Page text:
Magazine article Clinical Psychiatry News

CBT More Effective Than Zopiclone for Insomnia

Magazine article Clinical Psychiatry News

CBT More Effective Than Zopiclone for Insomnia

Article excerpt

Cognitive-behavioral therapy led to greater improvements in a variety of sleep measures than did zopiclone in adults with insomnia, Norwegian researchers report.

Borge Sivertsen, Psy.D., of the University of Bergen, Norway, and his colleagues found in a randomized, double-blinded, placebo-controlled trial that among older patients randomly assigned to CBT, sleep efficiency, total wake time, and duration of slow-wave sleep were all significantly more improved by 6 weeks and 6 months than were patients taking zopiclone (JAMA 2006;295:2851-8).

A total of 45 patients enrolled from a Norwegian clinic received either CBT (18 patients), zopiclone (15 patients), or a placebo (12 patients). The mean age of the patients was 61 years.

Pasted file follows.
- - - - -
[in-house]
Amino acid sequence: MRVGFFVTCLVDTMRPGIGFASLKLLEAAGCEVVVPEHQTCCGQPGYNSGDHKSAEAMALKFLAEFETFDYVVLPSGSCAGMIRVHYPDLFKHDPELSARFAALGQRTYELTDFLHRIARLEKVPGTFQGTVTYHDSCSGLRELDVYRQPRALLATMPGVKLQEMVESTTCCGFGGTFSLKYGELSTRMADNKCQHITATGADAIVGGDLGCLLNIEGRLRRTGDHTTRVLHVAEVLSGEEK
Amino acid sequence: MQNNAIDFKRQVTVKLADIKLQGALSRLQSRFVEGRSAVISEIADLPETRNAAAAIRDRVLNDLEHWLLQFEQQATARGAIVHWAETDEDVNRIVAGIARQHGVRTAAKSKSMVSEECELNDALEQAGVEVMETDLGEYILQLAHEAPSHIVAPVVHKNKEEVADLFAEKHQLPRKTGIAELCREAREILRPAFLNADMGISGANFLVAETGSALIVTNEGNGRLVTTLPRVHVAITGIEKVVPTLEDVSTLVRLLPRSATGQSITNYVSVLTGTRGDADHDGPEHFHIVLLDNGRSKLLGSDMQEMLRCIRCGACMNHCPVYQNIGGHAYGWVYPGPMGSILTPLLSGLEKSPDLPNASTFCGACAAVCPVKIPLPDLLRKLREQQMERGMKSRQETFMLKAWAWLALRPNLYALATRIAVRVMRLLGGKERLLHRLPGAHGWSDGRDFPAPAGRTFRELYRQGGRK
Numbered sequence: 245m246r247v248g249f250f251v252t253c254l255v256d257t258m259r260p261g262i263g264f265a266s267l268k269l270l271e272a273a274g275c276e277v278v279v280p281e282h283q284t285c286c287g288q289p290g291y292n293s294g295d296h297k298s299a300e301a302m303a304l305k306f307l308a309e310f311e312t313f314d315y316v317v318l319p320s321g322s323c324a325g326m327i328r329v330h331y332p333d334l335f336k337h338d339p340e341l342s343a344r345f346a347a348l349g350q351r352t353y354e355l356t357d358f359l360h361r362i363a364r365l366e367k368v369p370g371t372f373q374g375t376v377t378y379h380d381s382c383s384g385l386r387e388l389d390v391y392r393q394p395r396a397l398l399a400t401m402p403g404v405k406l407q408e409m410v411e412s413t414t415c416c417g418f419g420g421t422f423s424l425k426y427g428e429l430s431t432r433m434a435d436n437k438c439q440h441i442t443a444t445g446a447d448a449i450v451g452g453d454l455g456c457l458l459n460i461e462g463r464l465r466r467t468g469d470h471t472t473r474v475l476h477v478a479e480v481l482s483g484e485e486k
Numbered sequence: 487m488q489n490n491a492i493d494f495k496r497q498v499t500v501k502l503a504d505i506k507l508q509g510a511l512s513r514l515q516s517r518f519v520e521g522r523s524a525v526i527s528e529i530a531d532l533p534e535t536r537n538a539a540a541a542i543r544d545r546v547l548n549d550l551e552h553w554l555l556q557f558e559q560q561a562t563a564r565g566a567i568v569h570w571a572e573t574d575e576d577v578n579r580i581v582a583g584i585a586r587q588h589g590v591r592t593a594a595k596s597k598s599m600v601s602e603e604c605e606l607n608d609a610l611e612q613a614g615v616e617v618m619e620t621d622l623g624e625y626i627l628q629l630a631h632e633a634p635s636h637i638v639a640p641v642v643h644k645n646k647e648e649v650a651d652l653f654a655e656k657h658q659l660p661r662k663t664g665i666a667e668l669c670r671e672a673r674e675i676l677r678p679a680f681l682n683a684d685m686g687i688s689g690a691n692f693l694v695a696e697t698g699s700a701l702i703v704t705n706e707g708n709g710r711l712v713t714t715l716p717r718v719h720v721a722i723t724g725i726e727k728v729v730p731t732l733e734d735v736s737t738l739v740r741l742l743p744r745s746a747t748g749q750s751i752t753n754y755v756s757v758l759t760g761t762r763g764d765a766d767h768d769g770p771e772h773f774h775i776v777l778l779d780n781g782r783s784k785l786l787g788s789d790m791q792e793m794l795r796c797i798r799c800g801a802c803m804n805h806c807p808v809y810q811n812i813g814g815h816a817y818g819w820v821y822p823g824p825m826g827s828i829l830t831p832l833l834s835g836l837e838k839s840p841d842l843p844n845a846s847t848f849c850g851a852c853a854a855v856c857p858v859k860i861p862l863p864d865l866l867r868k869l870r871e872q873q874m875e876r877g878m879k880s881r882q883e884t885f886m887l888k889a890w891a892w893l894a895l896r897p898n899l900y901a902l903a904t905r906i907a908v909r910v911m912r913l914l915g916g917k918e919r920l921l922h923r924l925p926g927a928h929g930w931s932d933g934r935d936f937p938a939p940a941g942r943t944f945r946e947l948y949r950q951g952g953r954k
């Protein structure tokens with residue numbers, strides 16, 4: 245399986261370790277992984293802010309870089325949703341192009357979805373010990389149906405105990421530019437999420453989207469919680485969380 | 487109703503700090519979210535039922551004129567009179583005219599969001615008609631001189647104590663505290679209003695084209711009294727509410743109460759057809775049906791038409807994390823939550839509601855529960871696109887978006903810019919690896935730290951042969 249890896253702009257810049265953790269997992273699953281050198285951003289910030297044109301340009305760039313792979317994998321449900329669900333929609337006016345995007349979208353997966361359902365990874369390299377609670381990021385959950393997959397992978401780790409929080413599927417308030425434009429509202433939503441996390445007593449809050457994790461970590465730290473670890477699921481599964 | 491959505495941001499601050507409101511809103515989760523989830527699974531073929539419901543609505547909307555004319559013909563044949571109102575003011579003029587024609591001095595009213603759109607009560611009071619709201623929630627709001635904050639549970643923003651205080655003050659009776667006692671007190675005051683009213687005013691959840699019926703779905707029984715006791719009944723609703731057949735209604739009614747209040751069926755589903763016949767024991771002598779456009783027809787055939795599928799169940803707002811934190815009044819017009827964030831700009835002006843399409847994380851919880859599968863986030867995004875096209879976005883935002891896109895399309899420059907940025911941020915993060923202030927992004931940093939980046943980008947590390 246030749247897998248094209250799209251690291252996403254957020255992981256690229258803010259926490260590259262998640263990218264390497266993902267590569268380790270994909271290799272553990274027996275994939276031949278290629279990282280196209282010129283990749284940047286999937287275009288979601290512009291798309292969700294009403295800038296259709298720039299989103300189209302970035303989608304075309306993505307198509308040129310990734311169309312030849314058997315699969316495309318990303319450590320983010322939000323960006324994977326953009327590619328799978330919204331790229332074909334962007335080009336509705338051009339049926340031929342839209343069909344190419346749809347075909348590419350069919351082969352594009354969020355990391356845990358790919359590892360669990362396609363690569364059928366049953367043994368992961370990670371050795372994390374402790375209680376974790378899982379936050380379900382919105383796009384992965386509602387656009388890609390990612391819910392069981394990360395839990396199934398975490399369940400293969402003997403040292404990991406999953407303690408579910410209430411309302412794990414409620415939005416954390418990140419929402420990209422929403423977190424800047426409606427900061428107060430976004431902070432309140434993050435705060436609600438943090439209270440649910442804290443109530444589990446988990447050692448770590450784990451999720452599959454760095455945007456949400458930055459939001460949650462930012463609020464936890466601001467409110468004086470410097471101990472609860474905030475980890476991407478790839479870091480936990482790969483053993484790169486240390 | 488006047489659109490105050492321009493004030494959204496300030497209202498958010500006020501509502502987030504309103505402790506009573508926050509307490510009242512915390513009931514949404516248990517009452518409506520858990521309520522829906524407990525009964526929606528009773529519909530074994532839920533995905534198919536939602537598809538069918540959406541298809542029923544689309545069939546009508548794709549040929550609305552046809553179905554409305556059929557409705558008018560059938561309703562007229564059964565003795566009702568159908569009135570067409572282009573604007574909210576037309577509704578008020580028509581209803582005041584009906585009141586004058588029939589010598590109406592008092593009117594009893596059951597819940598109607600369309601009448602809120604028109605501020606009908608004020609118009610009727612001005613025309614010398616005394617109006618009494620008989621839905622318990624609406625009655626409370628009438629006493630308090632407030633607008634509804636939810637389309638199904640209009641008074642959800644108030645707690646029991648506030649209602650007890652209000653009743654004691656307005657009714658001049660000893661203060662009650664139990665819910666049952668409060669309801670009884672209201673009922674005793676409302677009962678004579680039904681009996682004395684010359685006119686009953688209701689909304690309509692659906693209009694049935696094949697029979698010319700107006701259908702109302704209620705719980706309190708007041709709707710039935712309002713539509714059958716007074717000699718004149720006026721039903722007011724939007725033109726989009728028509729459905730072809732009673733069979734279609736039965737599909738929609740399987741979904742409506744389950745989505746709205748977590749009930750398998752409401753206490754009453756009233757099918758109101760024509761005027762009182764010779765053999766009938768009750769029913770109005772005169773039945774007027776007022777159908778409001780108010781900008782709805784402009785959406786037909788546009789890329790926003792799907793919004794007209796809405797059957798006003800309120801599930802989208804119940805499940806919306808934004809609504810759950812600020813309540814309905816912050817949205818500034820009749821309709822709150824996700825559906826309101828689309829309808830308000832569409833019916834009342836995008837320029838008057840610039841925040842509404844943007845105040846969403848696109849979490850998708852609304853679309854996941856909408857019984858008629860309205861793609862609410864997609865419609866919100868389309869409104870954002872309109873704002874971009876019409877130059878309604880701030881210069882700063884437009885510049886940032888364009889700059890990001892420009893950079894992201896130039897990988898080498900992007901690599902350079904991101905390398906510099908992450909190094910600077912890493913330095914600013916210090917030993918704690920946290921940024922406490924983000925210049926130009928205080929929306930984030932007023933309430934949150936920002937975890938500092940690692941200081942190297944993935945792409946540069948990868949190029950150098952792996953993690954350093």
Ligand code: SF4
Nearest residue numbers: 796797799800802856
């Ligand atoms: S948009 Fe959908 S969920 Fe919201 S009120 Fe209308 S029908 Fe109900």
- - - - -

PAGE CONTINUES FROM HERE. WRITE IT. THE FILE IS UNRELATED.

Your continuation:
Sleep measures were assessed at 6 weeks, which was the end of the treatment protocol. These measures were also assessed at 6 months, via polysomnography (PSG) and patient-reported sleep diaries filled out each morning for 2 weeks, at baseline, and at the two subsequent assessment points.

At 6 weeks, PSG data showed that subjects on CBT had a mean 52% improvement in total wake time, which rose to 56% at 6 months; those on zopiclone had a 4% and 10% improvement, respectively. Diary-reported data showed that the subjects believed the efficacy of both treatments to be even greater, with self-reported wake-time reductions in the CBT group of 34% and 51% at the two time points, and 16% and 27% for the zopiclone group.

Similarly, mean sleep efficiency, the ratio of total sleep time to time spent in bed multiplied by 100, improved by 9% and 11% at 6 weeks and 6 months, as assessed by PSG. …

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